What’s interesting about the slice-of-life genre is that it’s always a slice of fictional life, which is to say that it’s always about the heartwarming and positive aspects of ordinary life. The lives being sliced are those without sorrow or tragedy or money problems or heartbreak. It’s inherently escapist, which, of course, is one of the biggest reasons behind the genre’s appeal.

I’m reminded of something I read a long time ago comparing tha manga Azumanga Daioh and High School Girls. I don’t even remember which blog I read this on, but the blogger observed that one of the biggest things they found unrealistic about Azumanga Daioh was that the high school girls never talked about boys. In contrast, the girls of High School Girls constantly talked about boys, about their periods, their make-up, their teachers, their rival social cliques – which is to say that they talked about the kinds of things actual high school girls talk about. This is unsurprising considering that the author based the series on her own experiences in an all-girls high school.

I quite liked High School Girls and nearly drove myself crazy trying to find copies of the manga. As you might expect, a series where girls talk frankly about menstruation kind of had niche appeal ten years ago. The series was made into an anime and renamed in English as Girl’s High.  Things in the story were necessarily squished for the adaptation, which is why I consider the original manga to be superior, but at least the anime ending was charming and fun.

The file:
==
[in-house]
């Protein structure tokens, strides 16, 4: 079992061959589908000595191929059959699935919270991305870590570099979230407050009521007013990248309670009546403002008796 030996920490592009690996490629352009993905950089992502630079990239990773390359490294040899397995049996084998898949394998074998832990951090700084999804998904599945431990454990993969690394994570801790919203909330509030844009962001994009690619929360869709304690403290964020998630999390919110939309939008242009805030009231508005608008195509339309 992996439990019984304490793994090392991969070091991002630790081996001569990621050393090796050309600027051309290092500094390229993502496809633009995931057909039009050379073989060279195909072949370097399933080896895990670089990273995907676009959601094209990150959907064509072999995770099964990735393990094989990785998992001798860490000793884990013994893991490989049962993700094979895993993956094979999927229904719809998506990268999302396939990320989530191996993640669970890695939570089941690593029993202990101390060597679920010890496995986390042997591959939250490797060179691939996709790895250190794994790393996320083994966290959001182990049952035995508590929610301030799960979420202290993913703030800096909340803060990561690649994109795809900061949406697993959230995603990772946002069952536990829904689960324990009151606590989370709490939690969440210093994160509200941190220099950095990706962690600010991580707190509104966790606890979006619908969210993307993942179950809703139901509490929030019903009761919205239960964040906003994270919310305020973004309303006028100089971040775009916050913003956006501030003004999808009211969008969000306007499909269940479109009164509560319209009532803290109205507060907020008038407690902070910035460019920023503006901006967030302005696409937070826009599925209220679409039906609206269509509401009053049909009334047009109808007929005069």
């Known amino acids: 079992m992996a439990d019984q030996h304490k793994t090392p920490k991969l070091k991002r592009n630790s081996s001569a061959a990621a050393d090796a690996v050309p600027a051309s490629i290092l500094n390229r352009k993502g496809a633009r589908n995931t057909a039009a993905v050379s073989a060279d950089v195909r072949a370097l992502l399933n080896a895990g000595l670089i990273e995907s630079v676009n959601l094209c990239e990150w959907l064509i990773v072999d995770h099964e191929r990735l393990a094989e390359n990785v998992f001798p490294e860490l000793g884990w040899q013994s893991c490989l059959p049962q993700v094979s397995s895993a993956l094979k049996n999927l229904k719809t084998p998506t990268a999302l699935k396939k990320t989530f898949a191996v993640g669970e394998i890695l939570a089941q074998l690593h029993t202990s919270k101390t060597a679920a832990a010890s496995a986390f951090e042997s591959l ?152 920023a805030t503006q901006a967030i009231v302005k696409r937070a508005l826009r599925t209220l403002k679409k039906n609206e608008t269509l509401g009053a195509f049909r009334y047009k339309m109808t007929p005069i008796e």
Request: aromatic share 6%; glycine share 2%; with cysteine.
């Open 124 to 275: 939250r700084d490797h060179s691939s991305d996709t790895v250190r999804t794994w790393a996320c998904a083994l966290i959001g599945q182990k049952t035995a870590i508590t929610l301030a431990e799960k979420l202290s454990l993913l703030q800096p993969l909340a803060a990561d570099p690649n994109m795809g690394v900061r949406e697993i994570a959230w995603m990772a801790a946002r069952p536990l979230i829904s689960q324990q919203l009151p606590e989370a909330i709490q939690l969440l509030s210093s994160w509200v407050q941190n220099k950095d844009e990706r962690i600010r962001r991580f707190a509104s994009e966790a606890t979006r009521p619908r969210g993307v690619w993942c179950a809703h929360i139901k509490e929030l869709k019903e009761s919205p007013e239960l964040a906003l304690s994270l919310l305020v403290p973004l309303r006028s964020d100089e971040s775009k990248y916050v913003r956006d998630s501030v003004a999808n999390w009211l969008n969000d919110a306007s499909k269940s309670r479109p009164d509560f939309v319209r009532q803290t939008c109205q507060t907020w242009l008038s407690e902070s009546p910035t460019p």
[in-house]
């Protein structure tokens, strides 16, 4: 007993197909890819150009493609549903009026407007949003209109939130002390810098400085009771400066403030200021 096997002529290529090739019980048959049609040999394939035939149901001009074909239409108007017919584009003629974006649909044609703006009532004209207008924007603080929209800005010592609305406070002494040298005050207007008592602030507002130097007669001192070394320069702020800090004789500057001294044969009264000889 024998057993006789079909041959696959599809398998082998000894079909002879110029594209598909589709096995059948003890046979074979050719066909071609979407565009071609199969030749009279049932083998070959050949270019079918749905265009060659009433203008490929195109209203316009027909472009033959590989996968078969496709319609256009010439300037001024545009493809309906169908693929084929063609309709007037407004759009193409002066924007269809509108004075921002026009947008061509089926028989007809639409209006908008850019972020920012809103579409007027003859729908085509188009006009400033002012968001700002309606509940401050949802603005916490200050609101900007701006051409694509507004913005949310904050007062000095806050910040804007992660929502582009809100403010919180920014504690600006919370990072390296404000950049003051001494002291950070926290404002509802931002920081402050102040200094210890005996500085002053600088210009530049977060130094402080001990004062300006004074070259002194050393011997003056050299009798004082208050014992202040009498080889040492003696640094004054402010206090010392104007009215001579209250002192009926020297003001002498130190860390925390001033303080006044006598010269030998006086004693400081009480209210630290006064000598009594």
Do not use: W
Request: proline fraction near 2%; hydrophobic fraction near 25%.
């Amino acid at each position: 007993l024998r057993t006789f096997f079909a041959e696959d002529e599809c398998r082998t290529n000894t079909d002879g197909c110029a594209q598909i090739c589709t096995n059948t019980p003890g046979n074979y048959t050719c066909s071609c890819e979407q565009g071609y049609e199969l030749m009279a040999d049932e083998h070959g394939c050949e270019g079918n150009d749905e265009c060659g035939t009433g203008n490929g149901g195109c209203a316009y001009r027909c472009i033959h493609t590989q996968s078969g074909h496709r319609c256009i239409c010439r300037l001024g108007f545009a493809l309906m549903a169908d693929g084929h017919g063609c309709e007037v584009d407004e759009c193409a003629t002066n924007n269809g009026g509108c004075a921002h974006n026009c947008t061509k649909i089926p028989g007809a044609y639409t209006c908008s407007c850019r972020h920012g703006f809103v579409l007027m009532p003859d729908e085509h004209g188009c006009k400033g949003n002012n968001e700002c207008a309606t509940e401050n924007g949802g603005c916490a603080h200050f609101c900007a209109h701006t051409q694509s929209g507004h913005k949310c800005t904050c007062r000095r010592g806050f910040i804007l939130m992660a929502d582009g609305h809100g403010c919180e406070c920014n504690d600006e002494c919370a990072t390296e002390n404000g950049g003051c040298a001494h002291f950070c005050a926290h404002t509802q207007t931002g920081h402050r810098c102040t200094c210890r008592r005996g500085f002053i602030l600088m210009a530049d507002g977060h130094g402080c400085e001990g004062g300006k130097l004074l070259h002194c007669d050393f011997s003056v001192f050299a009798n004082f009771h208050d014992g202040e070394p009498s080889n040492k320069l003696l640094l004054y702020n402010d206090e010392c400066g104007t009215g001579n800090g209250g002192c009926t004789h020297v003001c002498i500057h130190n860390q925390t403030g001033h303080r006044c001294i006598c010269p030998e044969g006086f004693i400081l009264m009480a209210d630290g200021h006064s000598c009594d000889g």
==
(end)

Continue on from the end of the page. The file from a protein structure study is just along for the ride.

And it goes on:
Yeah, I realize that the dancing is just rotoscoped actors, but I do like how the way each character dances directly links to their personality – the uptight girl does the frug (I think that’s what it’s called), the extrovert goes crazy with a guitar riff, and so on. And even better, all of the girls are endearingly awkward. It really does look like a bunch of teenage girls messing around instead of accomplished dance students displaying their skills. Plus the ending shows just how much effort the girls put into appearing cute – the make-up, the studied playfulness, the deliberate construction of their social fronts. It’s not Erving Goffman but it’s still something.

An interview with Tsutomu Nihei

Over here is a translated interview of Tsutomu Nihei, the author of Knights of Sidonia.  I find it interesting that he’s aware he needs to do more to make his work appeal to female readers. I dunno, dude, maybe make it less male gaze-y? Just change up the presentation and quit with the harem antics and fanservice.

It’s not like Sidonia’s subject matter or setting are alien to shoujo or to female readers. I mean, Please Save My Earth had psychic death battles and They Were Eleven began with a giant info-dump about fusion reactors and space empires – things that should be pleasantly familiar to old school grognards stuck in the sci-fi ghetto. (The latter also had transgender aliens reenacting And Then There Were None in space, but I digress.)

Though I do wish the interviewer had asked Nihei more about his science fiction influences. Which novels did mini-Nihei consume as he dreamed of writing his own science fiction? Still, it’s an interesting interview and even if you’ve never read the manga (like me) it still gives an interesting perspective on what made Knights of Sidonia.

Back in time

The manga Luca, The Summer I Shared With You is essentially a love letter to classic Western sci-fi, with most of the chapters being titled after science fiction classics. The throwback atmosphere is probably why I liked this book so much.